Saturday Night Live can always be counted on to weigh in on the hottest topic in the news, and this week's cold opening was all about the Gen. David Petraeus scandal. But if the show was trying to bring something new to the conversation, the writers failed miserably. SNL spoofed a book reading for Petraeus' mistress Paula Broadwell and her biography of the general, All In, that was just more of the same "other woman" backlash we've been seeing for the past week.
We get it, Paula Broadwell and Gen. David Petraeus did very naughty things with one another. But what's the public's real concern here?
To watch the SNL spoof was to assume that the public figure who abused America's trust matters little. What we really care about is that a hot woman was doing something sexy, and we might be able to get all the dirty details? Just take a look at the skit:
Ah, the tired temptress tack.
I'd like to say that SNL was trying to make a mockery of America's obsession with titillation. But that could have been done just as easily with an actor playing Petraeus rather than a Broadwell stand-in.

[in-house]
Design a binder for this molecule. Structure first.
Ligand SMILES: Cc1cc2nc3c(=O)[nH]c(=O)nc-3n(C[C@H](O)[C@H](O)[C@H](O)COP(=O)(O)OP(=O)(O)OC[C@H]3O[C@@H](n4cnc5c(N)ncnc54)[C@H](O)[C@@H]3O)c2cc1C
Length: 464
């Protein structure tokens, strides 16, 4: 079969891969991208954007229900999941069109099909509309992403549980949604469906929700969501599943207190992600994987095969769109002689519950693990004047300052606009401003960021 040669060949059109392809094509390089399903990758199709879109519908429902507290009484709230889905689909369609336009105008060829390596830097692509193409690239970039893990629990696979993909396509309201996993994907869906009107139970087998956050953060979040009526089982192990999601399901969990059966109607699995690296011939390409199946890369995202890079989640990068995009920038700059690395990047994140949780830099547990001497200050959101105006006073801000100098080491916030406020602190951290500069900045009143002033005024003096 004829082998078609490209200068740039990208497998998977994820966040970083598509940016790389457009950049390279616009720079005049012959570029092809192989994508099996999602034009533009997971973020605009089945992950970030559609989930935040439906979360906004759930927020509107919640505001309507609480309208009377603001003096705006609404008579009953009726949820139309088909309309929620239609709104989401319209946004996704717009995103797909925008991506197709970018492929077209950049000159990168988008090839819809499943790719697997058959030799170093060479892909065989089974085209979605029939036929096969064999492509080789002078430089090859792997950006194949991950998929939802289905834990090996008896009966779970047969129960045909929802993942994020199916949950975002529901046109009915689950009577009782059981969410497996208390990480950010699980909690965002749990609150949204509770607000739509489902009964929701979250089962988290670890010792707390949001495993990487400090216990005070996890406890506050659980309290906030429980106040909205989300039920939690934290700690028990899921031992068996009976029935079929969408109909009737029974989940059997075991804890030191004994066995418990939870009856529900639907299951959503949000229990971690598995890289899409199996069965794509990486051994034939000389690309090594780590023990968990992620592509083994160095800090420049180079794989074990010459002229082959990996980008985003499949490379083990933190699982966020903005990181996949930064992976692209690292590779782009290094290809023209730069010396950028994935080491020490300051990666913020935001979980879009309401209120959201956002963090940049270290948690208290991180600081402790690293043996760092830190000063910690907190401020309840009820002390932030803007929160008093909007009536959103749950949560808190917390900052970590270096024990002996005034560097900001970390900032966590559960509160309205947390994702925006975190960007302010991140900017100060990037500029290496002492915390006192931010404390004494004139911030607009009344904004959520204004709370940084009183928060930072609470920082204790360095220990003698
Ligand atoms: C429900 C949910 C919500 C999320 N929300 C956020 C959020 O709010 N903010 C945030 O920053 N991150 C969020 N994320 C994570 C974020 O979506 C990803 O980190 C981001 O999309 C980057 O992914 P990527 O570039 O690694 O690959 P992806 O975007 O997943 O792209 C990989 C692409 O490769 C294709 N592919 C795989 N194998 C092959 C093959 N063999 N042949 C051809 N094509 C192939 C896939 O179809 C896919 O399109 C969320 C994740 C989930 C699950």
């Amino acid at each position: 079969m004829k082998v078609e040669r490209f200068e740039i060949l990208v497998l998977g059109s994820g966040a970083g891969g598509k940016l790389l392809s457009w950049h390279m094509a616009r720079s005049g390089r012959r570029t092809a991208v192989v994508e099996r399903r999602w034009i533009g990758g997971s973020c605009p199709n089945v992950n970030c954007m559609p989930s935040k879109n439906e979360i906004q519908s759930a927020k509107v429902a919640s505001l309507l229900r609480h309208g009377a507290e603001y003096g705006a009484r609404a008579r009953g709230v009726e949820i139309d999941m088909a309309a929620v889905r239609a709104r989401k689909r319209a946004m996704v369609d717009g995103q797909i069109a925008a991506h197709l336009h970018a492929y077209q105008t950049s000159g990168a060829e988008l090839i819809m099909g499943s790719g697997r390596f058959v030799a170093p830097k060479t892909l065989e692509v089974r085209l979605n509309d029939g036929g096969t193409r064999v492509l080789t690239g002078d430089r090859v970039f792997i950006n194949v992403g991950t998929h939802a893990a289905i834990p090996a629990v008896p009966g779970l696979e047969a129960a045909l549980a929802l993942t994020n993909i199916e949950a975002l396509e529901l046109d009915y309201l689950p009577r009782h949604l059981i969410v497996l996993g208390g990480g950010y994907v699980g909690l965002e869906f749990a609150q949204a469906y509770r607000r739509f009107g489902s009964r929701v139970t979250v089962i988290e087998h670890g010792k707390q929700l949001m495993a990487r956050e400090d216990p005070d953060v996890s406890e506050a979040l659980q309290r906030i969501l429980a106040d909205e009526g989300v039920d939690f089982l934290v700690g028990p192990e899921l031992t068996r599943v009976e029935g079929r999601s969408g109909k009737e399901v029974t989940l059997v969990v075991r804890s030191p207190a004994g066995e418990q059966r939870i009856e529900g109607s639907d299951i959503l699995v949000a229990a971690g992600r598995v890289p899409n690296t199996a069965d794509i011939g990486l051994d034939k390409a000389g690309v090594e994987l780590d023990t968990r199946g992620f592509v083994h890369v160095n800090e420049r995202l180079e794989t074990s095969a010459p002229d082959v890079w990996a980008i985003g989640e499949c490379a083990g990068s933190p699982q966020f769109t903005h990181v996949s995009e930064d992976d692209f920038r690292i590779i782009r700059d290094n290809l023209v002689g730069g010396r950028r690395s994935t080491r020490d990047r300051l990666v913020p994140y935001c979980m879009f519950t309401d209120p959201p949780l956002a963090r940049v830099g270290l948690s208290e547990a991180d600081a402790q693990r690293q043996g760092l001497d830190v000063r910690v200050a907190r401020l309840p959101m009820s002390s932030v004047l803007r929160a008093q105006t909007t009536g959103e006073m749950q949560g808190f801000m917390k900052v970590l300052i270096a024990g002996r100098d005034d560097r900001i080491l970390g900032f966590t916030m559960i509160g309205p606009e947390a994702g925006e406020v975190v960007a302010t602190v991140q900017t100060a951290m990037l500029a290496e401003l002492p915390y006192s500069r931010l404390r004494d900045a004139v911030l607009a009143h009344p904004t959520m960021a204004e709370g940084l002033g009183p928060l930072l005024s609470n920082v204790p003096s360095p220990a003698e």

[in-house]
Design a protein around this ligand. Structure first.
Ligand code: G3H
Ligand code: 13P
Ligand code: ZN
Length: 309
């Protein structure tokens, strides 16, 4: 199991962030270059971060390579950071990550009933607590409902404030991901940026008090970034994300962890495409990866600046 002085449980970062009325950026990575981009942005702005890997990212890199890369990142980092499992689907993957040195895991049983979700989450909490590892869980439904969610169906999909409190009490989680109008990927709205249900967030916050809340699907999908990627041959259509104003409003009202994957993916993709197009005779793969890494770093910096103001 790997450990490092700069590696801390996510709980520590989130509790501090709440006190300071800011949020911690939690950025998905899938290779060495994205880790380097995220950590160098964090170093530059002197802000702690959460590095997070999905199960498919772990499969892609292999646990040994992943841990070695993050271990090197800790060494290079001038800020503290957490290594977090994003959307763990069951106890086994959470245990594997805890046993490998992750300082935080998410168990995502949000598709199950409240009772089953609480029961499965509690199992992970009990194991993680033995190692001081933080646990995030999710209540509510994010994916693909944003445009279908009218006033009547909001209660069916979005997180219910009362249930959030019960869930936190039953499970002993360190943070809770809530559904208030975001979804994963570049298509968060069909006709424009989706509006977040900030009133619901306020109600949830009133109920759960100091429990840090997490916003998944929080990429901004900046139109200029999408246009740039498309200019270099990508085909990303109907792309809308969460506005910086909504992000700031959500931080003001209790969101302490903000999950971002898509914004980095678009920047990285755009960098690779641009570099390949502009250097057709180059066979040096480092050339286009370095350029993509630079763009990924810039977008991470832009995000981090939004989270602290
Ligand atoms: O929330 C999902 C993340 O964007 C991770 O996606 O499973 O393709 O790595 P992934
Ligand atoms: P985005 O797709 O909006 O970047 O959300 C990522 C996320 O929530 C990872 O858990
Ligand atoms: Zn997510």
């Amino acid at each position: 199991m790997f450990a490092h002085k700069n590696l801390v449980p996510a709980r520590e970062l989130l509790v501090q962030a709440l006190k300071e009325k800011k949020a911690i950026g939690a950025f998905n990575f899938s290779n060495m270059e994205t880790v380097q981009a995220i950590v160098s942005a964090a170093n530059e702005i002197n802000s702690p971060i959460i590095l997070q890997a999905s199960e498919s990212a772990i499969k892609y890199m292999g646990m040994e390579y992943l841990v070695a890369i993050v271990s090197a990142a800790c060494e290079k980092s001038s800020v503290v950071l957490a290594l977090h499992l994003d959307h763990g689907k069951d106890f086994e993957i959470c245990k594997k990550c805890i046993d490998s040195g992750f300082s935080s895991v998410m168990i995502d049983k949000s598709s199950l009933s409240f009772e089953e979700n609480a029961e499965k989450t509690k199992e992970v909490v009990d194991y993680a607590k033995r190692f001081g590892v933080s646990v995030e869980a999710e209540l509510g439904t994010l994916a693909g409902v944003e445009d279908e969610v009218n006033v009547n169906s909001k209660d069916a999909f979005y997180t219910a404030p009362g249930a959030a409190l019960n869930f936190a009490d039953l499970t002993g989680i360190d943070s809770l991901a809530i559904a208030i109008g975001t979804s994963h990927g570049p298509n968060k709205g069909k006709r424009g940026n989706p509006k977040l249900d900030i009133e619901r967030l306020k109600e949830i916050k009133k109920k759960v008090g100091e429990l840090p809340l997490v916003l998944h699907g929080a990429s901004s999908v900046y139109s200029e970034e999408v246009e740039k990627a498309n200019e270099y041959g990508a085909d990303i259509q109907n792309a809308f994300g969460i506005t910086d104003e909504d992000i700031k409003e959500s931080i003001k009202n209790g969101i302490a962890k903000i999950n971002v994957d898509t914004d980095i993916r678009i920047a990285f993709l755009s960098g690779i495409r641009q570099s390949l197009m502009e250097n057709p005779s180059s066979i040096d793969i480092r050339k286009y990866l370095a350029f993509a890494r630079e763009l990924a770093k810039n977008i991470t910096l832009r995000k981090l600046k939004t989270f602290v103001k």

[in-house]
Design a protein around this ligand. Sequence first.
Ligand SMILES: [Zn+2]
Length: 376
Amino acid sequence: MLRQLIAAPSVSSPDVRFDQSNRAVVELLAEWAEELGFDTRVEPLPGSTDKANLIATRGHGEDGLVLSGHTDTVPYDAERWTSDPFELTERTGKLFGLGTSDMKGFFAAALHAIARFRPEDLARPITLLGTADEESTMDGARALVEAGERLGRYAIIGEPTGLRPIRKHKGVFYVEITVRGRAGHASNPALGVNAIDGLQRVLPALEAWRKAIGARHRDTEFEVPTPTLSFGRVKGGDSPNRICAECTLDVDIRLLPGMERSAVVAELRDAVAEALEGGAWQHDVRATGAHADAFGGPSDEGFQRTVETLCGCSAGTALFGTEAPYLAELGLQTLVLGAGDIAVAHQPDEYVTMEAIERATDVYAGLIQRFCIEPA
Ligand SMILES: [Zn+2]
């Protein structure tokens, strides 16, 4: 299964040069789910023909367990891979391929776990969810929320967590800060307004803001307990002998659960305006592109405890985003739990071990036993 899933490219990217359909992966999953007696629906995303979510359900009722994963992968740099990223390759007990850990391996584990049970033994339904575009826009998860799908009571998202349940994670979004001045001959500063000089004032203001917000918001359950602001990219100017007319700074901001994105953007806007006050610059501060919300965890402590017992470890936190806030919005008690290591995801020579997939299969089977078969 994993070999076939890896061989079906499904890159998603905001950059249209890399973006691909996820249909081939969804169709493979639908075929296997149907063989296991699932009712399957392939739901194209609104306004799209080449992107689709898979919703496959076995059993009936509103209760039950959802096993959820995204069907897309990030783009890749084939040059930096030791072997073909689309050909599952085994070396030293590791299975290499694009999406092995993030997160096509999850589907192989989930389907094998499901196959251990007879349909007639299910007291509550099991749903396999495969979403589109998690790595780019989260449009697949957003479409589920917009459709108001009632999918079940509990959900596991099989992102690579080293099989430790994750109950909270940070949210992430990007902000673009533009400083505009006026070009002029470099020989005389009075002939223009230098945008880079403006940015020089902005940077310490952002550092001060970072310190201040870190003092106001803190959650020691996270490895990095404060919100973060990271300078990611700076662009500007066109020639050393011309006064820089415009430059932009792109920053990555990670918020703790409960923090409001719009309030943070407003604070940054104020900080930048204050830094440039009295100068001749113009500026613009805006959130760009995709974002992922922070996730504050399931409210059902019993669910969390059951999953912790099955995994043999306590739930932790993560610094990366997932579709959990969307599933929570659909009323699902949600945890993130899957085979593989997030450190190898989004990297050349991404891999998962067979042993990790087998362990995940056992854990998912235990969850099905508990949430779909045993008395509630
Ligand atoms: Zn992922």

Their decision to put a good looking woman at the center hammers home that this whole debacle has done more to shame Broadwell and Jill Kelley than it has to bring men who abuse their powerful positions to heel. Did these women make mistakes? Certainly. But theirs were of the private variety. And they were hardly alone.
Men like Gen. David Petraeus, on the other hand, stand accused of much worse, like possibly leaking public documents and wasting their on-the-job time on frivolous email relationships.
If we want to stop these sort of actions from our top brass, we need to keep the conversation where it should be: on them and their misdeeds. Let's leave the "other women" alone -- they didn't do this alone. And they aren't the real villains.
Did you think the SNL skit was funny or are you tired of all the hate being dropped on Paula Broadwell's shoulders?
Image via NBC